Black History Month is a celebration of the cultures, people, and events surrounding Black history.

Each day in February, Godwin’s library shared facts about well-known Black Virginians on the announcements. 

“We put together a resource list for faculty to bring into their classes for warm ups or other activities,” said librarian Brooke Davis.

Librarian Suzanne Stockman researched famous Black Virginians to include in the daily spotlights this year. 

“She tried to include people students and staff may find interesting from a variety of fields and disciplines,” said Davis.

One spotlight for Black History Month was James Farmer. 

“He was a civil rights leader who helped organize the Freedom Riders movement and founded the Congress of Racial Equality. Farmer spent the latter part of his life in Fredericksburg, captivating students at the former Mary Washington College with firsthand accounts of the fight to desegregate the South. Born in Texas, Farmer was the last surviving member of the “Big Four” leaders of the civil rights movement when he died in 1999,” said Davis.

Photo Credit Google

Some other spotlights from Black History Month included Ralph Sampson, who played basketball for the Houston Rockets, Dr. Robert Walter “Whirlwind” Johnson, the force behind integrating tennis, and Russel Wilson, the quarterback for the Seattle Seahawks.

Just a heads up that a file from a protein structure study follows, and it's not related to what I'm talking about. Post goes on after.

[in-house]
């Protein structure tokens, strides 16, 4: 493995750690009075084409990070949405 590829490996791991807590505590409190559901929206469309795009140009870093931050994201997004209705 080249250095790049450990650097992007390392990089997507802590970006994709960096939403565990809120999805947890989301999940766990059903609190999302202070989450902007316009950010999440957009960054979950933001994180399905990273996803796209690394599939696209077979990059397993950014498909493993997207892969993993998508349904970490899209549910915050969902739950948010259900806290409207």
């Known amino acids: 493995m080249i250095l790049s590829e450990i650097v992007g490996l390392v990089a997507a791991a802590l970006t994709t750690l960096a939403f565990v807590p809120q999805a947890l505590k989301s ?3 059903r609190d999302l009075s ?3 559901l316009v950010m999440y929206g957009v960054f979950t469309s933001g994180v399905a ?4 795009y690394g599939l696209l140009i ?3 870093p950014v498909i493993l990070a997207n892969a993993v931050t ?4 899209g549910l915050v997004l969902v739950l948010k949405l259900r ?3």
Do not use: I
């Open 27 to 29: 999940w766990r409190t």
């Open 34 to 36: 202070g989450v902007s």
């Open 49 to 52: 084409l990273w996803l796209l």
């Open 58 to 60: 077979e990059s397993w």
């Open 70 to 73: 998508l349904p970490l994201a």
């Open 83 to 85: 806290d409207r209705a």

On Feb. 26, the library hosted a virtual program during common study. It had been postponed twice due to school cancellations from the weather.

“The contributions and achievements of Black Americans are underrepresented in our history textbooks, the media and in our curriculum. We want to draw attention to some of the people and events that are important to understanding American history,” said Davis.

The event started with songs of different Black artists such as “Shining Star” by Earth, Wind, and Fire and “Just Fine” by Mary J Blidge.

Then a video was played called “Uncomfortable Conversations with a Black Man” by Emmanual Acho. In this video he explained how white people can help by becoming allies.

Learning about these problems “can increase [the] level of compassion and lead ultimately to change,” said Acho in the video.

“I personally was very struck by how aware Acho is when he is in his own neighborhood checking his mail, on an elevator or out exercising that white people could find him intimidating and that he changes his course to prevent conflict,” said Davis.

The event ended with the song “Lift Every Voice and Sing” sung by Alicia Keys. 

Photo Credit Google

This year’s Black History Month was different because it was virtual.

“Last year, the [Black Student Union] hosted a video and discussion in the auditorium one [common study] in February. The library was not in charge, but we assisted with the technology and publicity for the event,” said Davis.

The conversation was limited due to time constraints, but Mrs. Davis hopes that an opening was created to continue talking about racism.

“I am hoping that the virtual event caused the students to think about some of Acho’s messages and perhaps to want to learn more,” said Davis. 

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